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Changes in atmospheric shortwave absorption as important driver of dimming and brightening

Schwarz, M., Folini, D., Yang, S., Allan, R. P. and Wild, M. (2020) Changes in atmospheric shortwave absorption as important driver of dimming and brightening. Nature Geoscience, 13 (2). pp. 110-115. ISSN 1752-0894

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To link to this item DOI: 10.1038/s41561-019-0528-y


The amount of solar (shortwave) radiation that reaches the Earth’s surface underwent substantial variations over recent decades. Since the 1950s, surface shortwave radiation gradually decreased at widespread locations. In Europe, this so-called surface dimming continued until the late 1980s, when surface brightening set in and surface shortwave radiation increased again. In China, the dimming levelled off in the 1980s, but did not turn into brightening until 2005. Changes in clouds and aerosol are the prime potential causes for the phenomenon, but the scientific community has not yet reached a consensus about the relative role of the different potential forcing agents. Here we bring together co-located long-term observational data from surface and space to study decadal changes of the shortwave energy balance in Europe and China from 1985 to 2015. Within this observation-based framework, we show that an increasing net shortwave radiation at the top of the atmosphere and a decreasing atmospheric shortwave absorption each contribute roughly half of the observed brightening trends in Europe. For China, we find that the continued dimming until 2005 and the subsequent brightening occurred despite opposing trends in the top-of-the-atmosphere net shortwave radiation. This shows that changes in atmospheric shortwave absorption are a major driver of European brightening and the dominant cause for the Chinese surface trends. Although the observed variations cannot be attributed unambiguously, we discuss potential causes for the observed changes.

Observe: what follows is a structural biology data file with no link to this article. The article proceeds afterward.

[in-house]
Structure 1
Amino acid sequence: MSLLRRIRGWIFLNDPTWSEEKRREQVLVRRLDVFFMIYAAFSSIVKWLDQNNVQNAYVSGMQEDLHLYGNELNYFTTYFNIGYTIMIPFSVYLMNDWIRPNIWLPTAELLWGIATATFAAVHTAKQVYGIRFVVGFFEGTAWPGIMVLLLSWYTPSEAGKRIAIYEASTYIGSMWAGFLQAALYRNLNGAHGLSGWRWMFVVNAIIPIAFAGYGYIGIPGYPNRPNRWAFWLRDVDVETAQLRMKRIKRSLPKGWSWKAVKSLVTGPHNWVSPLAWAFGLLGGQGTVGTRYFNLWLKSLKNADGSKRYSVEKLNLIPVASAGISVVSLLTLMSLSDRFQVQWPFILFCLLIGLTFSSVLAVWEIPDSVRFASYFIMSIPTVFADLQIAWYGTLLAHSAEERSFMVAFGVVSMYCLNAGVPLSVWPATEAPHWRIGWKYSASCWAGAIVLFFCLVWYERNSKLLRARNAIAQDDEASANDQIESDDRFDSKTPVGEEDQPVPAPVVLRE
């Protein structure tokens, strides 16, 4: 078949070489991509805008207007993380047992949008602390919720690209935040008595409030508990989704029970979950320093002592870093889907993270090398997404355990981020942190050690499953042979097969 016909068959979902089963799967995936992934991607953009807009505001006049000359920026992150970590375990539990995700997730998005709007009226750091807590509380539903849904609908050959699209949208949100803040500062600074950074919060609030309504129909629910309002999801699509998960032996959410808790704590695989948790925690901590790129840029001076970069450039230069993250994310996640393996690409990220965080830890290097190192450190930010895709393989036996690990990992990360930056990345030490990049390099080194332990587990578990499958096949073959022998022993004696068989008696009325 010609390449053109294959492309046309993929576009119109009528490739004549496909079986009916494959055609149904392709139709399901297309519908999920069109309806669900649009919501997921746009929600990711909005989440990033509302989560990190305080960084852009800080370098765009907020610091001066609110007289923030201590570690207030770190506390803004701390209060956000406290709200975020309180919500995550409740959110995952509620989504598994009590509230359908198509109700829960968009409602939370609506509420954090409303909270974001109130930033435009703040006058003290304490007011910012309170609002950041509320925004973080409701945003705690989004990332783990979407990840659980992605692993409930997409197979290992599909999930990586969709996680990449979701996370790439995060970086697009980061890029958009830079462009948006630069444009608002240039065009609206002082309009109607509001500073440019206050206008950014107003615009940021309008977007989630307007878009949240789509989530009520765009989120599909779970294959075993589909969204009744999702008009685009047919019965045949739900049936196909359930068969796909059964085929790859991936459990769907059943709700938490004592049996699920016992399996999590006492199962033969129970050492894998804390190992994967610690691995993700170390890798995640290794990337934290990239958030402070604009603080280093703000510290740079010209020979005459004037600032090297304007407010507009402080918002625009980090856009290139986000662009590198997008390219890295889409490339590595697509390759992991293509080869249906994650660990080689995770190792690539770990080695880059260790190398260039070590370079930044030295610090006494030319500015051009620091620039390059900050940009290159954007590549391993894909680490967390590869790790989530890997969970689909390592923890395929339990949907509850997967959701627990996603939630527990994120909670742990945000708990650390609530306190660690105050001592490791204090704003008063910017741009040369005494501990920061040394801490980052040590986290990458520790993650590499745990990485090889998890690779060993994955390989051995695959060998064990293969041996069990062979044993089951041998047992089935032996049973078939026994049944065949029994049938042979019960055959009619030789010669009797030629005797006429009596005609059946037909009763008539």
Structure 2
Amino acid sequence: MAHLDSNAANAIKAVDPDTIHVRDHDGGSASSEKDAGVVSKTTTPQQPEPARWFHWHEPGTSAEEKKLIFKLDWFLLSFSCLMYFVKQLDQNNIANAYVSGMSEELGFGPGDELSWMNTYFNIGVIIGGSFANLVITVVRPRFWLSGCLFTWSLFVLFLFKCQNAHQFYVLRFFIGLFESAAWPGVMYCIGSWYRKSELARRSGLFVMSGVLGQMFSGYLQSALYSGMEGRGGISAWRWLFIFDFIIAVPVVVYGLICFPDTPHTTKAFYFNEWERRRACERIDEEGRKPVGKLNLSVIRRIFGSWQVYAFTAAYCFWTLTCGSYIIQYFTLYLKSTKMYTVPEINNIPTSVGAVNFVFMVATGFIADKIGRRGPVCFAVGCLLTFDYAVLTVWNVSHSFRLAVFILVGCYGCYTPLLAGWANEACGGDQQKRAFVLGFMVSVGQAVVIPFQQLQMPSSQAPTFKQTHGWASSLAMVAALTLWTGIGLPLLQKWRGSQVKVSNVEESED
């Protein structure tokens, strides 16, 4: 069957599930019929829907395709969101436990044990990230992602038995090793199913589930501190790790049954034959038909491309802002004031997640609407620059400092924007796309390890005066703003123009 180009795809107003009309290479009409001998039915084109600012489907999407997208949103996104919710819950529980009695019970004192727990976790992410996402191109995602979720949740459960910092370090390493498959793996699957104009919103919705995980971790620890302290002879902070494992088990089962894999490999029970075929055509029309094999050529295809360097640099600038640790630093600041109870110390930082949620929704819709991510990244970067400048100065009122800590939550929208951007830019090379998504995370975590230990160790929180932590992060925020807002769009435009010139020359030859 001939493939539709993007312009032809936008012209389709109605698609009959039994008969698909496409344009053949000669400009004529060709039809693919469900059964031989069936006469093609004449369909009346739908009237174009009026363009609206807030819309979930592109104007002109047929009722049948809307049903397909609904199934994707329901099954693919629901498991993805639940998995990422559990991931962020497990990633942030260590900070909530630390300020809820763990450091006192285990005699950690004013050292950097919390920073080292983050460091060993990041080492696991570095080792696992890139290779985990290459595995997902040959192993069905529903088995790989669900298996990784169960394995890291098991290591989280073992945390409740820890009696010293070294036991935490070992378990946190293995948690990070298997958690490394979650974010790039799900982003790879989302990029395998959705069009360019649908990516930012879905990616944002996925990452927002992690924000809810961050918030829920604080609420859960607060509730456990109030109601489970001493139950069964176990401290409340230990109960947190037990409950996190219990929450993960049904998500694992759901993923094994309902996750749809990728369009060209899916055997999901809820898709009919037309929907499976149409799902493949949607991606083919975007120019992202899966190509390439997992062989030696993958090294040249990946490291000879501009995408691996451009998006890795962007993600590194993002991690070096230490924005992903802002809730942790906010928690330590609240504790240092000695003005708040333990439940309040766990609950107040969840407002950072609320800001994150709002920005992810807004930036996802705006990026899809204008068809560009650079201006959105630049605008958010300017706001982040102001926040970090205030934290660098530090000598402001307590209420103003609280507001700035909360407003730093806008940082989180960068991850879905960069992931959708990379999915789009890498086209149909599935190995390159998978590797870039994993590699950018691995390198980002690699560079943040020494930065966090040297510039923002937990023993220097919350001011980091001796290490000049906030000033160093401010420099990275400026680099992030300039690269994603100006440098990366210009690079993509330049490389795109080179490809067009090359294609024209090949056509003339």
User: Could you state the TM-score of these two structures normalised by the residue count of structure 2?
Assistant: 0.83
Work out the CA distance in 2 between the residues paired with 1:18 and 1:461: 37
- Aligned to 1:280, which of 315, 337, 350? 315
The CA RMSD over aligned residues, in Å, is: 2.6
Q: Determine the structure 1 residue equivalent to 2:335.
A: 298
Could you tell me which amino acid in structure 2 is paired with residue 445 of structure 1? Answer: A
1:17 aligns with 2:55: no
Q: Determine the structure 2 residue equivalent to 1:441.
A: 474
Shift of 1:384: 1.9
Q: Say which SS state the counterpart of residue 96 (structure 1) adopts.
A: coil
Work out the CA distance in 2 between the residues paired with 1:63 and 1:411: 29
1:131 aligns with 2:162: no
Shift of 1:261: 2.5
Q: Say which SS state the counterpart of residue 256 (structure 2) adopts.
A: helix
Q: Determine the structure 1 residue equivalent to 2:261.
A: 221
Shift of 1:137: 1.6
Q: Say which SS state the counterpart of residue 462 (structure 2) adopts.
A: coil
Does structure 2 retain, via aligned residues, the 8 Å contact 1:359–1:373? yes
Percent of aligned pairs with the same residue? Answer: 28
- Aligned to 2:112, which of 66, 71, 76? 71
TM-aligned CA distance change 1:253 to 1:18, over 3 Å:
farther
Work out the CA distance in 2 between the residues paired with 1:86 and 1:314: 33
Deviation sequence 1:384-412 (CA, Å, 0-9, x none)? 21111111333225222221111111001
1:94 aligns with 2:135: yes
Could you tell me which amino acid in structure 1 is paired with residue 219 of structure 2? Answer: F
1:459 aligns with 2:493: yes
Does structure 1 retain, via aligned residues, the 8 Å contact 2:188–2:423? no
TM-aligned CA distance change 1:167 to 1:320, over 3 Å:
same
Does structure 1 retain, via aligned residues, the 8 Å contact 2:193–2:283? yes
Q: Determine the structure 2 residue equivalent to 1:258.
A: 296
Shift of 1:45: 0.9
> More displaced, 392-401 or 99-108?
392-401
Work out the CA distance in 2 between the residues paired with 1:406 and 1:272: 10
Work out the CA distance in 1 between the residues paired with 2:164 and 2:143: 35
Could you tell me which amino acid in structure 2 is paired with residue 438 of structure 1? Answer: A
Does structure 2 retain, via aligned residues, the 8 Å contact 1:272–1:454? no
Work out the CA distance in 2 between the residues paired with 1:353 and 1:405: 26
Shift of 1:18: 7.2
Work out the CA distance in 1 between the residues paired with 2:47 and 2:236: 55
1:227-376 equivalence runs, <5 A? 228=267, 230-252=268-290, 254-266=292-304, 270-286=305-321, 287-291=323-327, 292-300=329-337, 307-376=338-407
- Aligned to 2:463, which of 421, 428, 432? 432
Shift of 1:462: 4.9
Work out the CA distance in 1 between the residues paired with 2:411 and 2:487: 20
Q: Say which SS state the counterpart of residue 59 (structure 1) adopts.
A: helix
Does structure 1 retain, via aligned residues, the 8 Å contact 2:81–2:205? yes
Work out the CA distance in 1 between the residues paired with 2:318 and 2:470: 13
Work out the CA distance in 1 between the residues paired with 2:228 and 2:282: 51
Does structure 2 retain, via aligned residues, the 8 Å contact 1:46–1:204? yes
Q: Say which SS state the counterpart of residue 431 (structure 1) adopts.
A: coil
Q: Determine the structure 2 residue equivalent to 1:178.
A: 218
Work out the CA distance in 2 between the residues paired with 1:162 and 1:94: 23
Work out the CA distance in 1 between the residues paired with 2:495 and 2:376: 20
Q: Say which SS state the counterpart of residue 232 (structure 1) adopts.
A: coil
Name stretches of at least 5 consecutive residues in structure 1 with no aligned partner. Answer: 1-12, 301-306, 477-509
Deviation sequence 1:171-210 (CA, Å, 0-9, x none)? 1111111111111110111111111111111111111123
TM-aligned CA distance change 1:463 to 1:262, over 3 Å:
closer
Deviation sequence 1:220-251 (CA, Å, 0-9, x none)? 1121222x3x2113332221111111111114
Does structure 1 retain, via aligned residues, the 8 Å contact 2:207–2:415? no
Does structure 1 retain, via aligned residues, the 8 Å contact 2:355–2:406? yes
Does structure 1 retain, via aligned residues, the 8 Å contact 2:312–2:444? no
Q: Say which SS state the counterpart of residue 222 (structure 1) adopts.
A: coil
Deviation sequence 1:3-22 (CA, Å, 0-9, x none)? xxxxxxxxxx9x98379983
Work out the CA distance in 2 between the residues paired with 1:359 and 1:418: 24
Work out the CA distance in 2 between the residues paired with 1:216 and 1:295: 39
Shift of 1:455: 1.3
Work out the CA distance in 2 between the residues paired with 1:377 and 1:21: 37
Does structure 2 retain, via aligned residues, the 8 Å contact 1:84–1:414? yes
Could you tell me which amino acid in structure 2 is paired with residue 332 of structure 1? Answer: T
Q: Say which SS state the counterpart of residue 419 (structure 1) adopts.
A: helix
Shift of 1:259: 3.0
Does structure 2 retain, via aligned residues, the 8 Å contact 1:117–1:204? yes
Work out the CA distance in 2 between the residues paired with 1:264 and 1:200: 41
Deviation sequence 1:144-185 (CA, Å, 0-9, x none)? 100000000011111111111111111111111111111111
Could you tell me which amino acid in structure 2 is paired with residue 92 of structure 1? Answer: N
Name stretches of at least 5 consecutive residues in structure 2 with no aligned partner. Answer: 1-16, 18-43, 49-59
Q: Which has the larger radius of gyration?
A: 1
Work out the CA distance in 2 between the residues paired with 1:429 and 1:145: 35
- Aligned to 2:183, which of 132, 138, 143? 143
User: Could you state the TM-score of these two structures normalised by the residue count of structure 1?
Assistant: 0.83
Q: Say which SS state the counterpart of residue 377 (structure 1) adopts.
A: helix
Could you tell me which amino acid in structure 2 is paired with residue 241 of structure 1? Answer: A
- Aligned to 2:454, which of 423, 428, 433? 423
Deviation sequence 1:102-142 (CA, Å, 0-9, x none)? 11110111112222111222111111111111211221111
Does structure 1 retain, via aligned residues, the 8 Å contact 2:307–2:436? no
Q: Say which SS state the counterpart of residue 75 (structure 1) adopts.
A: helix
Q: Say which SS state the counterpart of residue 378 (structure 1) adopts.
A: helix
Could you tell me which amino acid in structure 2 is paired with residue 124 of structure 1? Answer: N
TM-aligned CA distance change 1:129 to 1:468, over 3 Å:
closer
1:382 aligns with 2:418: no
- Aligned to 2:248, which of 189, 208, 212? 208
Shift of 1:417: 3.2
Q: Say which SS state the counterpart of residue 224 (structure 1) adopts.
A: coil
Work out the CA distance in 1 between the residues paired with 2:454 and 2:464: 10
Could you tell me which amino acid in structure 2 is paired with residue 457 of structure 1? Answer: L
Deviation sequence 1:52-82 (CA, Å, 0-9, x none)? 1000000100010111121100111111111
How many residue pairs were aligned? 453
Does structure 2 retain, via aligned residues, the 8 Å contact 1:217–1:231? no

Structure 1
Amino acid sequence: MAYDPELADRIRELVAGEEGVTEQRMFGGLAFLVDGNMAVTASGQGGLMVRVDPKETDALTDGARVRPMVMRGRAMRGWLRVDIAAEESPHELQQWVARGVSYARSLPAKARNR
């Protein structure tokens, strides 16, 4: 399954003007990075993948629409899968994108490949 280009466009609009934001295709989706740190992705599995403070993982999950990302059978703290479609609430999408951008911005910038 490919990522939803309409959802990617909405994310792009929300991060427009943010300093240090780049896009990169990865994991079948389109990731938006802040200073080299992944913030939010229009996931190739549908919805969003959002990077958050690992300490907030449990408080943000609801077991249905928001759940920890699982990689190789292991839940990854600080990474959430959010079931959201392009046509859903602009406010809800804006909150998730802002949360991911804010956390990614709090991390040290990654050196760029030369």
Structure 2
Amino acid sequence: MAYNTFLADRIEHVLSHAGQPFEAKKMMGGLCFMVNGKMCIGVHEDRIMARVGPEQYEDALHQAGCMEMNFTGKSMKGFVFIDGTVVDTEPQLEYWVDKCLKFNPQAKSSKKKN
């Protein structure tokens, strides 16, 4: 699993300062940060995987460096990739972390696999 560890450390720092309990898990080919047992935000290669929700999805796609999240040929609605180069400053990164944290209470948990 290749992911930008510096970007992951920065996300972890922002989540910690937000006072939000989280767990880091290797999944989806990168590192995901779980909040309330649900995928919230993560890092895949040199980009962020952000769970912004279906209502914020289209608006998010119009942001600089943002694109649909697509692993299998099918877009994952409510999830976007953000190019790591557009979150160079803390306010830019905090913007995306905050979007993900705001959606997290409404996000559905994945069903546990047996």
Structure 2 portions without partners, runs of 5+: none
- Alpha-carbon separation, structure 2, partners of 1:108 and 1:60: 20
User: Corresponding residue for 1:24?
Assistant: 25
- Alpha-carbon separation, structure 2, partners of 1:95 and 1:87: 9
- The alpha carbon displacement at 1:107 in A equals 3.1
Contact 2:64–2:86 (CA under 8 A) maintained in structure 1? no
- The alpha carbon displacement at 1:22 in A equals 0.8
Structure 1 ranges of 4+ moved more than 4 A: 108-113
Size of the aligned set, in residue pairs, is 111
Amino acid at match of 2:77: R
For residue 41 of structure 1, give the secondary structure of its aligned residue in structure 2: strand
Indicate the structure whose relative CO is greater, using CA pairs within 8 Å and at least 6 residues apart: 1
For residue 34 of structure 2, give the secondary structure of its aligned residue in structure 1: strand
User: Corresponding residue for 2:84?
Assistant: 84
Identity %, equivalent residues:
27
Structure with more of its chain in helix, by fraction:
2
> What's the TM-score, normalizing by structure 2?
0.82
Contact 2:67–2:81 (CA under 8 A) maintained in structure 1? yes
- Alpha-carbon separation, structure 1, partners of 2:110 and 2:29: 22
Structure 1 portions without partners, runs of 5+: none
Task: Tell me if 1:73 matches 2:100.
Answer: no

Item Type:Article
Divisions:Interdisciplinary Research Centres (IDRCs) > Walker Institute
Science > School of Mathematical, Physical and Computational Sciences > National Centre for Earth Observation (NCEO)
Science > School of Mathematical, Physical and Computational Sciences > Department of Meteorology
ID Code:88996
Publisher:Springer Nature


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